Voice of the Industry

FIDA: Europe's approach to Open Finance

Monday 20 November 2023 11:42 CET | Editor: Vlad Macovei | Voice of the industry

Panagiotis Kriaris dives deep into the highly expected FIDA regulation and how it will impact Open Banking's transition to Open Finance.


Panagiotis Kriaris dives deep into the highly expected FIDA regulation and how it will impact Open Banking's transition to Open Finance.


The transition from Open Banking to Open Finance is one of the hottest topics in finance right now and for good reason. In Europe, although Open Banking has been established via a directive (the famous PSD2), the transition to Open Finance is taking place in a broader context (via a regulation – the so-called FIDA). 

Let΄s try to understand how this has been unfolding and what is to expect.


The background

But first, let’s take a step back. 

The disruption that we have witnessed in financial services over the past ten to fifteen years clearly started before Open Banking. But the introduction of Open Banking has been what we call a game changer. Not yet fully recognisable in terms of impact, but certainly in terms of changing the playing field. 


By means of democratising (through regulation) access to data so that innovation can be built on top as an additional layer. In practice what PSD2 tried to do was to open up the data held by banks to third-party players (i.e. fintechs), so that they can build new products and services on top. 

In this sense, Open Banking has been a key enabler of what we call ‘APIsed finance,’ which is the evolution of financial services into open APIs, and the ensuing restructuring of the value chain.

The main reason why this matters is that this open approach has been (and still is, given that the transformation is not over) a catalyst in helping metamorphose financial services from an industry of vertical silos and legacy infrastructure to an open ecosystem.

Today’s financial services are synonymous with apps, running on the cloud and being closely intertwined with other apps through marketplaces, ecosystems, or partnerships using APIs as the connecting glue.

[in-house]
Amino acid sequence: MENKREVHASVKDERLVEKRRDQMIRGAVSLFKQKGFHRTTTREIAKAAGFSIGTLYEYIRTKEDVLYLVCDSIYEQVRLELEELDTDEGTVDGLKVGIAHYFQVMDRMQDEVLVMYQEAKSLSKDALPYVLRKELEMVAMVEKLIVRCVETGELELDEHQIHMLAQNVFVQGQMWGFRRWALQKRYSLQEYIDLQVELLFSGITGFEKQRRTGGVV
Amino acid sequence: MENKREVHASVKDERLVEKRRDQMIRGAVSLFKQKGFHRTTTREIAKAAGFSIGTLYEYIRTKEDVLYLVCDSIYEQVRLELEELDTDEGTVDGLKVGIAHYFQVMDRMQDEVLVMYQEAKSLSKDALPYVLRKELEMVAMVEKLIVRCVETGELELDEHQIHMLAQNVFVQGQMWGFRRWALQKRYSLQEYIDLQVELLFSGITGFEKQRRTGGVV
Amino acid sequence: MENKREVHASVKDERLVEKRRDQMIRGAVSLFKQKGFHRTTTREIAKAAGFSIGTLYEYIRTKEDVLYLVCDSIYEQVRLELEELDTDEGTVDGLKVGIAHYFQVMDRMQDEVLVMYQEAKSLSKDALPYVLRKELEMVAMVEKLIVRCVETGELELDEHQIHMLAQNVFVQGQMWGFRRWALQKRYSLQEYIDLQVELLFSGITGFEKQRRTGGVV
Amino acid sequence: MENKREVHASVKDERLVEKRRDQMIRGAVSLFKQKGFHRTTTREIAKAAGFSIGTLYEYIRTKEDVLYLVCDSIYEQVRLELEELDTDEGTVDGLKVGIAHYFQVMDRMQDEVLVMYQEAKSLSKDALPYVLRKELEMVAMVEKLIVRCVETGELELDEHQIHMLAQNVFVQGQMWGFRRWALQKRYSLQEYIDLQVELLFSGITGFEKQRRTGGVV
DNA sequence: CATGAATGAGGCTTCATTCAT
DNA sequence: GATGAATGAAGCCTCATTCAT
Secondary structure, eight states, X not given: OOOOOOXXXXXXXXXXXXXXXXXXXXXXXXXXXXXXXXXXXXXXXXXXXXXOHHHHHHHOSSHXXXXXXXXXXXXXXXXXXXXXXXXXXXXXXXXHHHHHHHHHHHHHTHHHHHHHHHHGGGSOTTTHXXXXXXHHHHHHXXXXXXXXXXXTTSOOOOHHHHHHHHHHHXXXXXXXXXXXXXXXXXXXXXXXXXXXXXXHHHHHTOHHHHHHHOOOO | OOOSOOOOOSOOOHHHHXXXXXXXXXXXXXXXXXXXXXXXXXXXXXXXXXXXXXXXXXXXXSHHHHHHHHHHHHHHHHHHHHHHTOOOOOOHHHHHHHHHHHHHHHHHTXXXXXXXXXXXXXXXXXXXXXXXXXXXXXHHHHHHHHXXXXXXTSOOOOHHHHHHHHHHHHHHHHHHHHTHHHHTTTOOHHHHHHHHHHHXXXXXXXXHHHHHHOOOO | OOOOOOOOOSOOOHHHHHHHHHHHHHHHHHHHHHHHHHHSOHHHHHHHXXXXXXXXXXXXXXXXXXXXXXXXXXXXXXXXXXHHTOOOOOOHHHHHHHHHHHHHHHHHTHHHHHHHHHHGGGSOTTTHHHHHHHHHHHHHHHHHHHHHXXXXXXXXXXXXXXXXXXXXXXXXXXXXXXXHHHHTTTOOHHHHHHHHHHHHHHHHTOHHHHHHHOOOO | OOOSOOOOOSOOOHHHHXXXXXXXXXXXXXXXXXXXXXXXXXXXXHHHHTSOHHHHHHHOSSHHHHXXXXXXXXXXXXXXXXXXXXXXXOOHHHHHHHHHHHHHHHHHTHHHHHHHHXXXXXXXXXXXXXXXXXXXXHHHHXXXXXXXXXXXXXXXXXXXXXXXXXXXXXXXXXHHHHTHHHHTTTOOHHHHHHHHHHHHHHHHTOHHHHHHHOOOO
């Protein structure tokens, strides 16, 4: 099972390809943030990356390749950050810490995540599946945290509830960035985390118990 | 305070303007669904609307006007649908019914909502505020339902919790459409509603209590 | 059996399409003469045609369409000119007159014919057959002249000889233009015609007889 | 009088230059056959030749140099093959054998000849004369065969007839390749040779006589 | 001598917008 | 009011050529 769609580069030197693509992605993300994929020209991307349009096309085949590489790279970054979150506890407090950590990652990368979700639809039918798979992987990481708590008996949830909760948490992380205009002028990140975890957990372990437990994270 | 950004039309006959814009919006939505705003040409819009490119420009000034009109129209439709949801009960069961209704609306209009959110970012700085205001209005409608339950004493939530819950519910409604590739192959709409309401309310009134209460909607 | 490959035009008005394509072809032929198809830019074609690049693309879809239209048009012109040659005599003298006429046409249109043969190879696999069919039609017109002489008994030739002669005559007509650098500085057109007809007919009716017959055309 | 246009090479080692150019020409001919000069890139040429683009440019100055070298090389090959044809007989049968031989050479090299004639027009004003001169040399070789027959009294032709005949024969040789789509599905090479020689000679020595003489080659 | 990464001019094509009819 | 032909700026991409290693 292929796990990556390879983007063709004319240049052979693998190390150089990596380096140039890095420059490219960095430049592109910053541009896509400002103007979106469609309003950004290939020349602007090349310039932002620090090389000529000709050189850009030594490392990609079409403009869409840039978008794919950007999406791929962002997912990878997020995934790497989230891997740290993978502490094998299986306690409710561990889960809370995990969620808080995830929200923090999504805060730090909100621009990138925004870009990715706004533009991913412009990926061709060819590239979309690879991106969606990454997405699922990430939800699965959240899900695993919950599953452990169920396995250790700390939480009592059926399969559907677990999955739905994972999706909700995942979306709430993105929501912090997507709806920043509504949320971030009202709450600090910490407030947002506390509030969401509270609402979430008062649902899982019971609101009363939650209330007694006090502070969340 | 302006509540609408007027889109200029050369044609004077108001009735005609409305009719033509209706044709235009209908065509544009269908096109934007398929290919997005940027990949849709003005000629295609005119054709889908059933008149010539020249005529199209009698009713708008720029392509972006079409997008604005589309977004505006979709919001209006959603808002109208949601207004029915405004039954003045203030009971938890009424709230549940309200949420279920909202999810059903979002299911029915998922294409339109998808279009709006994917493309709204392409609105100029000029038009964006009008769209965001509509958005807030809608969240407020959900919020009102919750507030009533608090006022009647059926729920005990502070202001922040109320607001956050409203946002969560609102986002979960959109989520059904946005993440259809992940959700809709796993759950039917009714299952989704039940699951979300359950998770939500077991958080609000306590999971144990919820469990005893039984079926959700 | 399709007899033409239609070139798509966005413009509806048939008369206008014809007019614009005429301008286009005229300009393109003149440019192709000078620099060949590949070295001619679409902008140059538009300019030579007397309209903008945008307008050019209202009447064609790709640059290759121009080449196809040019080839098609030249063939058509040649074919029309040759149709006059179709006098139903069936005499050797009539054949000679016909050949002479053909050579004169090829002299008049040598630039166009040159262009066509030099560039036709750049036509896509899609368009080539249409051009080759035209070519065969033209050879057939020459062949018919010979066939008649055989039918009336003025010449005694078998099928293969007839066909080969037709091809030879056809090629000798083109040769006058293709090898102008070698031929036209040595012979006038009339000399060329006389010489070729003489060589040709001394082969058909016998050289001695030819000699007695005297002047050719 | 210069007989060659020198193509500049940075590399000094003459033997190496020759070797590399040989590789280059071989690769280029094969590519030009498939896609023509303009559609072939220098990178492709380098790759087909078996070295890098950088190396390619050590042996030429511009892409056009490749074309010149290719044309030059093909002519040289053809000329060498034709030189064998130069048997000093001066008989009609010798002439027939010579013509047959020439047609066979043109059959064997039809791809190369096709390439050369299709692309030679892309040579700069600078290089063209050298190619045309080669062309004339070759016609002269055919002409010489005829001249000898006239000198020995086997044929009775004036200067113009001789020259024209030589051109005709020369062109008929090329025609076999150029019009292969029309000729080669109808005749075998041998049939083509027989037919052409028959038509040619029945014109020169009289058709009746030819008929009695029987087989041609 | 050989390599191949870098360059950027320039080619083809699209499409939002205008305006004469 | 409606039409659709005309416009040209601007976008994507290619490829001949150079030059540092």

Open Banking vs. Open Finance

Let΄s now get to Open Finance. 

PSD2 (as well as its successor, PSD3) targets and focuses on payment services. 

Open Finance is the next, more mature phase of the journey and goes far beyond by addressing different and more complex use cases – savings, lending, investments, insurance, etc. – under one digital dashboard with hyper-customised services that consumers and businesses entrust with third parties. 

In this transition or transformation process, data is by far the most significant element. Data has always been the outcome of the financial services life cycle, in every step of the journey, however not any kind of data can be used within this new open context. It is rich, actionable data that is easy to be re-used, re-distributed, and seamlessly integrated not only within banking or payments but also across different, commercial environments going beyond finance, which makes a big difference.

Scheme 1: From Open Banking to Open Finance

Source: WhiteSight

And this is exactly the reason why data sits at the epicentre of Europe’s effort to transition to Open Finance. FIDA is basically a data regulation: Financial Data Assets Regulation.

Scheme 2: What’s wrong in the financial sector’s data flow today

Source: European Commission

What is FIDA?